When we are in a consultation about writing blogs, one of the first questions which we ask is “who is going to read it?” Having a blog has little value, even as a search tool, if the people who come to your website do not read it. When someone comes to your site, doesn’t see something which interests them, and leaves quickly to go somewhere else, it counts against you. So it is important to know who you want to attract to your blog and website, and write with them in mind.
How to write a blog rule number one: know your audience
When deciding how to write a blog post, the people who will be reading it will play a big part in how you write it. Different types of companies are generally going to attract different types of people who have different goals in mind and personalities. Therefore, they will read the blog differently.
In general, people who visit blogs on the internet fall into a few categories:
- Online “community builders”
- Casual readers
There are exceptions, and often, one can find overlap within the groups. It is up to you, the person creating the content, to keep an eye on who is coming in by watching the interactions and comments which you receive. This way, you can adjust your writing style accordingly.
An online community is a group of people who hang out and have discussions on websites. These websites foster conversation of some sort, and nature of their blog posts incites people to participate by commenting on their posts. These comments can take a life of their own, becoming conversations and heated debates.
On the down side, they need to be monitored often to make sure that conversations don’t get out of hand and make people uncomfortable with being on your website. You will also need to watch often to keep out spam, scammers, and other people who will try to prey on your readers or business. When a place on the internet gets covered with these, people stop coming back because they can’t find what they are looking for.
Some common examples of online communities are blogs which discuss hobbies, sports, or politics. Groups who frequent these types of articles tend to congregate around their common interest. They may belong to a Facebook group
This group of people often visit one post on your blog and then go back to where they found you, unless they really like what you have on your blog, and see something else they want to look at. Their searches often include “how to…” in them.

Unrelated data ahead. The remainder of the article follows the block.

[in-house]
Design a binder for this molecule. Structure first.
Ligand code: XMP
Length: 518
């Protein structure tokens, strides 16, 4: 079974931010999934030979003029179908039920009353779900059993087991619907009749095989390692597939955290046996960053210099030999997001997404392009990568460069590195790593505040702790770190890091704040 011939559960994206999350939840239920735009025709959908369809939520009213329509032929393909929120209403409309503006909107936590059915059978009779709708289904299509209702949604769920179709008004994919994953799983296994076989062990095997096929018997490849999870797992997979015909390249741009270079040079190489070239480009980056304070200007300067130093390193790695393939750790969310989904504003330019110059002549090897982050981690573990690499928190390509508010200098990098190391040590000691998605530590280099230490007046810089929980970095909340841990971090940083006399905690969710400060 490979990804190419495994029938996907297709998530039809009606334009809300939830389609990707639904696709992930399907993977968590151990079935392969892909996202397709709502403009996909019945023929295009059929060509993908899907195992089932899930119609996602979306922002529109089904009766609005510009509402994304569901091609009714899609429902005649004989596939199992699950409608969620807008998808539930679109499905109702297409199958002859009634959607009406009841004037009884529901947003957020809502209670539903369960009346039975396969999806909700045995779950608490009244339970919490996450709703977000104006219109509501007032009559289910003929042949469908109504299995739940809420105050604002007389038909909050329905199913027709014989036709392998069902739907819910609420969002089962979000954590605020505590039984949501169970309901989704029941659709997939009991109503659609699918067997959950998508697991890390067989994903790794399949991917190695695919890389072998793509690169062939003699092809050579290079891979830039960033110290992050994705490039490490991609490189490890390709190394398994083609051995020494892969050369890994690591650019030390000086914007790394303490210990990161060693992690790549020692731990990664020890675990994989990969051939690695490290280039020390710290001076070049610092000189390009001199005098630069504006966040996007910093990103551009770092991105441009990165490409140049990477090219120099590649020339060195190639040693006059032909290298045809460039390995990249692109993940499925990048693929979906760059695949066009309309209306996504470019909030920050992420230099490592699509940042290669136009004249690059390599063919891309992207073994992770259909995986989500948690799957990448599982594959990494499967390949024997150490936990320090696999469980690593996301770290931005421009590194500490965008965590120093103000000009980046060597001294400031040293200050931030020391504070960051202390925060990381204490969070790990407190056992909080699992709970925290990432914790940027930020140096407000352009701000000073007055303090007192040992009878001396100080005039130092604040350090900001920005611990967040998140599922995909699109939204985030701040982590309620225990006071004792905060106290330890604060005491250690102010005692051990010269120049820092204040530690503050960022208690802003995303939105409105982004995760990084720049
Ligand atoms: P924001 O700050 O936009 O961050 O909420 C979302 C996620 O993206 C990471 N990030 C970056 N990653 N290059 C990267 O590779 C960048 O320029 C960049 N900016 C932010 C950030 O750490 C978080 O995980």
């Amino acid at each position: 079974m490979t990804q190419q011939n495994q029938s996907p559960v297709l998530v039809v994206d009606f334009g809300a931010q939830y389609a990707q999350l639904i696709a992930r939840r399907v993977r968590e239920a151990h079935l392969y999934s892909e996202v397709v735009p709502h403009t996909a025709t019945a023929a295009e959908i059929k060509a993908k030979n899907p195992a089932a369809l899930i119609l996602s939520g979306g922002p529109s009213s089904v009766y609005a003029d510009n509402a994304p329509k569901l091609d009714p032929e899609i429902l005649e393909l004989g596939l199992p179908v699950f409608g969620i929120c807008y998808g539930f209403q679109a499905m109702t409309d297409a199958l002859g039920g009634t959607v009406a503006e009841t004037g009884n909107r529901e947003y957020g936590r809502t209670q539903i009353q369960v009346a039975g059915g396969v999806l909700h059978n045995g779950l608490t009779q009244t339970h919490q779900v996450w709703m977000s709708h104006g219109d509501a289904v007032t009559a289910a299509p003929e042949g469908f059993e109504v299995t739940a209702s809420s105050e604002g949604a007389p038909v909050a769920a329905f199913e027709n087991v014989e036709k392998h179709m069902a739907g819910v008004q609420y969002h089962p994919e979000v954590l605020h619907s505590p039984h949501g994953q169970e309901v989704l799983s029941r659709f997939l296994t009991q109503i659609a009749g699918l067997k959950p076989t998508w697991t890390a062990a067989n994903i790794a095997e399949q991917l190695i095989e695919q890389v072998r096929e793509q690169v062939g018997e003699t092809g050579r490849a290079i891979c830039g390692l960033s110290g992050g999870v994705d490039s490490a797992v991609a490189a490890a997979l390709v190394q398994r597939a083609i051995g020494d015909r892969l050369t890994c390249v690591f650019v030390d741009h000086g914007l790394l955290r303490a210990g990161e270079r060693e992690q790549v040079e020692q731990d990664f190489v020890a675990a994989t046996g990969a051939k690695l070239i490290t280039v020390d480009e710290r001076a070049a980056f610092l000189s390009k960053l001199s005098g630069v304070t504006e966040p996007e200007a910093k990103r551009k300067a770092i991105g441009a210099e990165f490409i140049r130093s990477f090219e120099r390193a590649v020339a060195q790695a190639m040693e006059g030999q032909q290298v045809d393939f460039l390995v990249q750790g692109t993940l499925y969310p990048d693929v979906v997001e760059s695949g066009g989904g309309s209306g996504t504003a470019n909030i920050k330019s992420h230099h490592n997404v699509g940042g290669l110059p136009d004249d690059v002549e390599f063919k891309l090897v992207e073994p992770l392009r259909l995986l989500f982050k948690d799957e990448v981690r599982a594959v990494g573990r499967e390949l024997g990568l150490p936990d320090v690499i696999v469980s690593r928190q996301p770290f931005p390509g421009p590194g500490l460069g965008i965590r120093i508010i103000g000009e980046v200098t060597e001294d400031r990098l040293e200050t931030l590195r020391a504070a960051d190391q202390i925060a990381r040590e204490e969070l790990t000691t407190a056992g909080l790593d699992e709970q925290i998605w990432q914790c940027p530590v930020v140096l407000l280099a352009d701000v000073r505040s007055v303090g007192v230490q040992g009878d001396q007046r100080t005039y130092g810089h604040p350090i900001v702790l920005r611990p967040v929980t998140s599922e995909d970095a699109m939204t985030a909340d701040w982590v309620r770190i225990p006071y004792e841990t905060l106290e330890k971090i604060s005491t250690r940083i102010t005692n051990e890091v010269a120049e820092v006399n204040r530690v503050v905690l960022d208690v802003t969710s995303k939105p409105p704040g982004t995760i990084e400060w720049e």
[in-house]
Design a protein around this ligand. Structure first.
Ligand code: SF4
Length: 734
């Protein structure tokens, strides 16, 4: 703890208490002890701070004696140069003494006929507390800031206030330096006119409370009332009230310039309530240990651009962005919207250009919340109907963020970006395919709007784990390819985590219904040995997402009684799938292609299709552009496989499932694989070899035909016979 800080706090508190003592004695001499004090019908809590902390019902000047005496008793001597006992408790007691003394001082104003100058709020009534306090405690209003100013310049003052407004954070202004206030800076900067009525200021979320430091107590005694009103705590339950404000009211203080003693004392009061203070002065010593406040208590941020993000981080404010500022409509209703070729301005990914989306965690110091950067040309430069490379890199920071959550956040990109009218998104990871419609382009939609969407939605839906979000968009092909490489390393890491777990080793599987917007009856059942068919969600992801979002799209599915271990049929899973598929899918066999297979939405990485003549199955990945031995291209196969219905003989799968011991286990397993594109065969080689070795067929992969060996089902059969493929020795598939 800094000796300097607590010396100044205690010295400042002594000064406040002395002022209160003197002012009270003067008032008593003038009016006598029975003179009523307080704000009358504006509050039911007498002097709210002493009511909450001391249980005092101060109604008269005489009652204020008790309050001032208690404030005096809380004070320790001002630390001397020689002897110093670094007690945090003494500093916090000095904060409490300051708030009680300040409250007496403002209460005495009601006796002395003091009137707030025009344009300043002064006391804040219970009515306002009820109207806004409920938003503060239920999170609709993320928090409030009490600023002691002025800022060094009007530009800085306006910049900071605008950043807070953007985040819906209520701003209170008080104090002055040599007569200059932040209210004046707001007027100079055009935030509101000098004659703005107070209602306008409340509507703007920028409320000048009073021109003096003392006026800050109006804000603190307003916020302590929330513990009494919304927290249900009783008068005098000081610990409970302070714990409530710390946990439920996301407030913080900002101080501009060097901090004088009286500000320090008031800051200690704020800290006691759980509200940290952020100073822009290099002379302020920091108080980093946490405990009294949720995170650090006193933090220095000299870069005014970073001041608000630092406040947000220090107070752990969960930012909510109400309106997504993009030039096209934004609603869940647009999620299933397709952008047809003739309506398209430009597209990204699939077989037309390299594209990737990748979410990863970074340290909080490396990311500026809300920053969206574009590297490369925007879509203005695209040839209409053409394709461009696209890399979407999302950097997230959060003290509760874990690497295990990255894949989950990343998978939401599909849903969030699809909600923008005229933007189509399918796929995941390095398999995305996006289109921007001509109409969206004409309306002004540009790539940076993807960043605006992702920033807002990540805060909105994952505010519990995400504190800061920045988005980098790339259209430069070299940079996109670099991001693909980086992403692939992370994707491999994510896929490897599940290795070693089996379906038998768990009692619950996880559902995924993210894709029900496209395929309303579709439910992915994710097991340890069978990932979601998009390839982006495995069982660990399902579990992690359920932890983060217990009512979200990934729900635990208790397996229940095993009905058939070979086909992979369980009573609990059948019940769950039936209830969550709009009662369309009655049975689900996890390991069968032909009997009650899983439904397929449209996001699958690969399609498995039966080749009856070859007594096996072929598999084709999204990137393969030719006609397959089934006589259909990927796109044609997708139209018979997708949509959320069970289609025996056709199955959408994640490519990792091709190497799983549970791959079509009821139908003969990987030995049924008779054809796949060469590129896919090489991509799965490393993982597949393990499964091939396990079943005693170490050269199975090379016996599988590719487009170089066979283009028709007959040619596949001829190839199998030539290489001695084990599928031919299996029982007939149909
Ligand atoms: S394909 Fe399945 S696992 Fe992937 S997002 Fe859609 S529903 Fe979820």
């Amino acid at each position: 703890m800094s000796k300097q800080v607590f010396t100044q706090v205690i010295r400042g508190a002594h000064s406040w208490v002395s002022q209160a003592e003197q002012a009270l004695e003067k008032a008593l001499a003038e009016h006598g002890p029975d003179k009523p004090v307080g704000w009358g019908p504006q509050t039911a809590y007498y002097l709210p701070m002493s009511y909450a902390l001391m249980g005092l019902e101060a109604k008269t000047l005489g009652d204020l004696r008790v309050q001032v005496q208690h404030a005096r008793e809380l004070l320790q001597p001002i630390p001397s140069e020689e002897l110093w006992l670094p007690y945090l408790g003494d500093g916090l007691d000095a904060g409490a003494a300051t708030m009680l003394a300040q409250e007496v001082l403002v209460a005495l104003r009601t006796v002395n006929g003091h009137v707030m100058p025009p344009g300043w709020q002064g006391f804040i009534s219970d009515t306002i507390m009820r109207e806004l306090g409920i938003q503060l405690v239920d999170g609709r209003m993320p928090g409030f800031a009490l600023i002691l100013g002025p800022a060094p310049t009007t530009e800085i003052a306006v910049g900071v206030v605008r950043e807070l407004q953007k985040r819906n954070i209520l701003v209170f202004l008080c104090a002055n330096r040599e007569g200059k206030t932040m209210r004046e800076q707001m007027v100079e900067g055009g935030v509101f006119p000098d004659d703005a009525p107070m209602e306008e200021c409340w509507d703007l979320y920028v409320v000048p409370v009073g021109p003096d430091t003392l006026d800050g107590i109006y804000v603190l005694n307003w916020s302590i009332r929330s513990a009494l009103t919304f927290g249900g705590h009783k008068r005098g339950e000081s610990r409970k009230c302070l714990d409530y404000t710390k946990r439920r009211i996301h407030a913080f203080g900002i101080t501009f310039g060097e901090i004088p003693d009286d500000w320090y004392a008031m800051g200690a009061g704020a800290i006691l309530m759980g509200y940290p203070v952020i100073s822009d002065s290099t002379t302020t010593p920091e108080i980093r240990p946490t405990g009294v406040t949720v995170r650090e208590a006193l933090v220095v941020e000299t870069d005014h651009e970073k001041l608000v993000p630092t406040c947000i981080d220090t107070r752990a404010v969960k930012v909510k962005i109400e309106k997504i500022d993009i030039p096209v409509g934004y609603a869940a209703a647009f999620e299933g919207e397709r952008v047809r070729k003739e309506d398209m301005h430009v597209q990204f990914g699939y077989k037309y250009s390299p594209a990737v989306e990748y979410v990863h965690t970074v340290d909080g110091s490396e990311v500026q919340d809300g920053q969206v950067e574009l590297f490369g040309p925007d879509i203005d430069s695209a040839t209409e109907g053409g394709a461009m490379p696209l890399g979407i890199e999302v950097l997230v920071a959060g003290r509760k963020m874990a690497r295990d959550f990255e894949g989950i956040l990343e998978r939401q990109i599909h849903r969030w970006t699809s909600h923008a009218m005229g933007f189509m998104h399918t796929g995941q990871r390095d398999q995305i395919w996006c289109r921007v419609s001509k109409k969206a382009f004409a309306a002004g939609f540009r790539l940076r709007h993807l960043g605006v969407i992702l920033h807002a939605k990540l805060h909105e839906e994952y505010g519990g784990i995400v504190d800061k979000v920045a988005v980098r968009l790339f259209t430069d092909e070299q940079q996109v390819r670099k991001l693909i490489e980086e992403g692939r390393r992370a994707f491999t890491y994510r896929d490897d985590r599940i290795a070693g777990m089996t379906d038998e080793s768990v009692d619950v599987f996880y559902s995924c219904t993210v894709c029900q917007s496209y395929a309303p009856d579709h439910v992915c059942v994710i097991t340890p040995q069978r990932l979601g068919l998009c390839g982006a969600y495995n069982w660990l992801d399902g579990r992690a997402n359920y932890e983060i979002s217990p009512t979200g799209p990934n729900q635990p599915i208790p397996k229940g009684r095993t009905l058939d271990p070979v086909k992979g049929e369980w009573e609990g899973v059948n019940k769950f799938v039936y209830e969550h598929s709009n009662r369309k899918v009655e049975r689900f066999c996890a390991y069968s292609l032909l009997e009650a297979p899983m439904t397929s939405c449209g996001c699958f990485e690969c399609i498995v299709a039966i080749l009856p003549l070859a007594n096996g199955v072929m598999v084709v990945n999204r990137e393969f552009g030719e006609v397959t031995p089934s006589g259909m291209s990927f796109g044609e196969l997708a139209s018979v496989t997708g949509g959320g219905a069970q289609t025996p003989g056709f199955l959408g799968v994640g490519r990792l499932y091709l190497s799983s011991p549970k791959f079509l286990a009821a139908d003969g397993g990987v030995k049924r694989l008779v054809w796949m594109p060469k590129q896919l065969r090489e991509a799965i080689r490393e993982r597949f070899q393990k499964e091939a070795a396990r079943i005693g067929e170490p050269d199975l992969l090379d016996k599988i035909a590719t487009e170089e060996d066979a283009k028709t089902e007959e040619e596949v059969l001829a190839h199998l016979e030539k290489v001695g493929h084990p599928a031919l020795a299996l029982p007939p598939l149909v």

They are looking for very specific piece of information, and if you can provide it to them, then they are likely to come to you again if they see your results in search traffic. If they really like you, they may even bookmark your page for future visits.
The best blogs which attract researchers have posts which are well researched, cited, and backed up. The more credible the information is, the more likely the researcher will take it seriously. If it is informative enough, it can become a place where they return to for other subjects.
In our experience, many of the blogs on the internet fit into this category. Our data shows that several of our own visitors are in this group, especially the do-it-yourself crowd who are doing research for building their own websites and strategy.
This group of people are usually not as much of a fan of the blog as they are of the content – unless the blog’s content is consistently good and keeps their attention (often entertaining in some way). Then the blog becomes a destination in their eyes.
Unlike researchers, casual readers are not usually searching for content like yours (but do from time to time). They will often run across it while they are online. Social media posts tend to do well in attracting their eyes (the same can be fairly said for most of these categories).
This group of people has usually done one of a couple of things: One, they have probably done a search with the intent to buy. Two, they have sought information which will lead to a purchase (from somebody…). A third group is people who were looking for something similar or related to your product and service and saw your blog online.
Blog posts for this group need to have a way for the visitors to buy right then and there, preferably with one click. The more clicks a shopper has to make, the more likely they are to become “not a buyer.”